Calgary is a special town…

Just before I get to that, a little heads up. This post is scheduled later than usual. I’m about to start the process of transitioning out of night work. I quit my day(night) job to write. I’m not stupid so I’ve landed myself a part time job to cover expenses, but…yeah. Big change. Scary. My plan at this point is to wake up early and write blog posts, and then use the day and evening for writing when I’m not working. I did briefly consider doing blog posts on alternate days, but I’ve come to really enjoy the experience of raw, first draft, no edit writing. It’s a humbling treat for me. So where were we? Calgary.

David Edey and I made the trip up in a lovely rental car, and only one speeding ticket. Got into town late in the dark, and crashed at the home of a friend of his. Woke up early, and off to a day of intense rapier training. Fantastic event, lots of good classes. I remember taking David Borland’s class on Capo Ferro, and Gary Chelak flew up to teach a class that I took, and cannot recall what it was. I think Devon Boorman taught his “Art of Sucking” class…there was a lot going on, it was a great time. But the nighttime was, as they say, the right time…

A huge crowd of us met at a bar dowtown, and we had the basement set aside for us. I don’t remember what the name of the place was, but I remember the cute red-headed Irish waitress, and a bet involving my ability to write poetry. It was a good night. Anyway…

The real fun started when Mr. Borland brought out the singlesticks. I’d watched him do a bout at an SCA event previously, and I was eager to experience the fun for myself. The rules were explained to me…sort of. I was told the appropriate armour was four points of Guinness, and I took care of that requirement promptly. Did I mention my recollection of the entire event was sort of fuzzy? I know we wore fencing masks, so someone was sober.

The first bout went about as one would expect…my first time with the sticks, and David with his sabreur background…I hoisted my stick up in position, advanced to measure, heard “lay on!” and looked for an opening. As I was looking for an opening, I started to wonder what that steady “dingdingdingding” noise was. Ah. Right. That would be Mr. Borland cracking me repeatedly on the top of the head. Hmmm.

The next while was a great long series of bouts between the participants, and things got an awful lot of fun. For those of you unfamiliar with the rules, you win a point only by striking the top or temples of the head. No other blows count. You can adopt a guard that almost completely blocks the head as a target, at which point the game become one of pain tolerance…blows to the ribs don’t count for points, but they are allowed. If someone has a good guard, you can nail them in the ribs to make them drop their guard. If you are fast and expect it, you can still parry the riposte to your head. Enough hard rib shots and the opponent might flinch against a fake, and then you could get in a clean head shot. With a good crowd drinking after a day of rapier lessons, you can imagine what this turned into. The cracking, laughter, and bellowing of our extremely good time attracted attention upstairs.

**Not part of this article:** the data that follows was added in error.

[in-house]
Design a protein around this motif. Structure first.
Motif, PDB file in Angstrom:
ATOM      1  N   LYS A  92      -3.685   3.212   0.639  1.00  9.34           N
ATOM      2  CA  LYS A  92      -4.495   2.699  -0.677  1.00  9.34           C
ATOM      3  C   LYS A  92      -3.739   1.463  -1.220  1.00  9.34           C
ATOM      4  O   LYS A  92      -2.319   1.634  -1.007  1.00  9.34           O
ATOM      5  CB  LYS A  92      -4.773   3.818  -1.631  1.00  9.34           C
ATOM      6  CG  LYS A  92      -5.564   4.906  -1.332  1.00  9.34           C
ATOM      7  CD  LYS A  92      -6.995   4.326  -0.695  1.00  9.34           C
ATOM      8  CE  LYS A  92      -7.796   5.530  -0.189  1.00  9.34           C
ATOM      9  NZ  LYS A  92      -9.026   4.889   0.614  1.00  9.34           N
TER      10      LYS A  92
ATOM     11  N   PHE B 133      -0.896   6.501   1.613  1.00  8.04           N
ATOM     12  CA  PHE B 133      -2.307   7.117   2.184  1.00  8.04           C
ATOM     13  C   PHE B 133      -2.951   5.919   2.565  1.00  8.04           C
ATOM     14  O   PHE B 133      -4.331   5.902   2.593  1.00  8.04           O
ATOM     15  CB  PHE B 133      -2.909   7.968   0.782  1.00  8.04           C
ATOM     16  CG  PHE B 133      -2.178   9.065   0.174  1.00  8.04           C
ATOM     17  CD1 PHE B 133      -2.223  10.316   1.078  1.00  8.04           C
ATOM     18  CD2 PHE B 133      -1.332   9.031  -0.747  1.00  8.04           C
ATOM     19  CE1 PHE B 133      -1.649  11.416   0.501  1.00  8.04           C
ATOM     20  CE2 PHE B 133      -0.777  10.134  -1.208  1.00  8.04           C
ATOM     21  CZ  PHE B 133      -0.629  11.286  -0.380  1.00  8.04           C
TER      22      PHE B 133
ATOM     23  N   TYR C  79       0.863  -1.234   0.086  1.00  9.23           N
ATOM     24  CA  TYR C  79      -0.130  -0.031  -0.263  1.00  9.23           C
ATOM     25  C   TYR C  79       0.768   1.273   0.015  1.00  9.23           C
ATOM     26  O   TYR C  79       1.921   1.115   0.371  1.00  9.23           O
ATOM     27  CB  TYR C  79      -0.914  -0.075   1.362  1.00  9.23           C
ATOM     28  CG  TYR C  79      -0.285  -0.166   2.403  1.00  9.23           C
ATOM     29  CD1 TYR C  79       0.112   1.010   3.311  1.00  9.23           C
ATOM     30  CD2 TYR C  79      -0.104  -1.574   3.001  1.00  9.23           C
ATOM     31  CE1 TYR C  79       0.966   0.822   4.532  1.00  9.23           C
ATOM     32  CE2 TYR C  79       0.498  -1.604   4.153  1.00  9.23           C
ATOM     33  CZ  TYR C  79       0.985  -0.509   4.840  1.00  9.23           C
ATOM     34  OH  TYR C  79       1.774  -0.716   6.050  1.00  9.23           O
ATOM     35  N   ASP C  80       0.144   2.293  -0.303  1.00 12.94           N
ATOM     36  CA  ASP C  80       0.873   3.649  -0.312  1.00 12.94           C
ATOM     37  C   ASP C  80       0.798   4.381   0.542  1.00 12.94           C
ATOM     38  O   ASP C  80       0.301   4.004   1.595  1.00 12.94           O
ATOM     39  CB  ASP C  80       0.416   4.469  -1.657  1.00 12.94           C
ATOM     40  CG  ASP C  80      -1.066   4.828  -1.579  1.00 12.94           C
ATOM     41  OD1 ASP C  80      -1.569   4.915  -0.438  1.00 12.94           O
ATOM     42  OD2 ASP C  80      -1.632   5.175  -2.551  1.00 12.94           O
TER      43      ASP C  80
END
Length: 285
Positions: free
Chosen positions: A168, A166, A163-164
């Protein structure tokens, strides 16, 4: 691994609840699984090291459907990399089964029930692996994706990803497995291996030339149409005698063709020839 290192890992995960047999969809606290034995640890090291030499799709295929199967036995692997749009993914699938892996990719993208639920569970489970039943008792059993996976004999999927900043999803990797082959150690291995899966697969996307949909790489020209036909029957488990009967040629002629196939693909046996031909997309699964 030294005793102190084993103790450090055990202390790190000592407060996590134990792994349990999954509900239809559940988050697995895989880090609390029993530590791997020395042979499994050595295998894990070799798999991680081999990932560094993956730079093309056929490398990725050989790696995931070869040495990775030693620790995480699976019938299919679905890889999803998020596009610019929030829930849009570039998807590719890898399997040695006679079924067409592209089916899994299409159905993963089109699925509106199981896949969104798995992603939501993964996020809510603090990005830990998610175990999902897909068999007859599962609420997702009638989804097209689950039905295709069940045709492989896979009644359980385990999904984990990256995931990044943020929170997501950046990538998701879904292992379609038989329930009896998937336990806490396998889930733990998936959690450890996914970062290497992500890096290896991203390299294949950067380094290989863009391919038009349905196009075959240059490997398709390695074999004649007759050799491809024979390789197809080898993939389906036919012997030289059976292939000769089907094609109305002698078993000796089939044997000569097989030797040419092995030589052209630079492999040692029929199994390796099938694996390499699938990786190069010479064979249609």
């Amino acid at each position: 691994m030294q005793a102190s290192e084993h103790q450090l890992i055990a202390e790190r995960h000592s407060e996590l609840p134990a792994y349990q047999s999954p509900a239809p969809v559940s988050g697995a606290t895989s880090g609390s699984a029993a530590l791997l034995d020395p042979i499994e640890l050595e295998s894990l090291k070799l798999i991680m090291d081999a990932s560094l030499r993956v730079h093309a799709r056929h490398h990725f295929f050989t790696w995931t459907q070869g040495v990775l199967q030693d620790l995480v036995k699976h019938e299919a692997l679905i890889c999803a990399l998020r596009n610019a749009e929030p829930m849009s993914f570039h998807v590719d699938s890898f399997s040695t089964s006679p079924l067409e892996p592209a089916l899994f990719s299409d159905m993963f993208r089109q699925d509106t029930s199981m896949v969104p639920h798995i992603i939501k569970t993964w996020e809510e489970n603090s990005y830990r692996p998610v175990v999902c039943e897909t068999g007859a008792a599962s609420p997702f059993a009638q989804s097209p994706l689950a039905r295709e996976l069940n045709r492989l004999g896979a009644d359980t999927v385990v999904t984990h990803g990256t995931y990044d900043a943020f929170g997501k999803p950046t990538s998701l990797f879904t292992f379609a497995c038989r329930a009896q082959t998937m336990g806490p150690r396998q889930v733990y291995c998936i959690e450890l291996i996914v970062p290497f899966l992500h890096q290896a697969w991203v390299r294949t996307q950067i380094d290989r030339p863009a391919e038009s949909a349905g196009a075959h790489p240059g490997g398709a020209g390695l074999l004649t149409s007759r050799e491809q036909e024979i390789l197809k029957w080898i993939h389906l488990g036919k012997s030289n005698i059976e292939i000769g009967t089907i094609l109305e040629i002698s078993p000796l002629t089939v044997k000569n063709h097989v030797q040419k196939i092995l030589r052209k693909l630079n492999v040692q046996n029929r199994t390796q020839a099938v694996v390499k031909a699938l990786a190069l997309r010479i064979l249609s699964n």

I had noticed them when we arrived…a group of fit, burly and boisterous men in the upstairs bar. They were noisy and a bit challenging, a tight pack of them celebrating something around the bar. Our festivities…and possibly the large number of attractive women who were part of our group…brought them down the spiral staircase to see what was going on. We sort of heard them coming down, hooting and hollering about bringing the party…

They froze about halfway down, looking over at the sight us cheering on two people mercilessly beating on each other sticks. I can only imagine what it looked like. They froze in place, and then retreated back up the stairs, leaving shortly after. We didn’t think much of it, and kept up with our games. We later heard more from the waitress. Apparently the upstairs staff wasn’t really sure what was going on, and had expected trouble when the guys started down the stairs. They were astonished when the group of guys came back without a good-natured brawl of some kind. Apparently the group was a bunch of British SAS guys in town for some training…I still wonder what kind of story they had to tell about Canadians when they got home.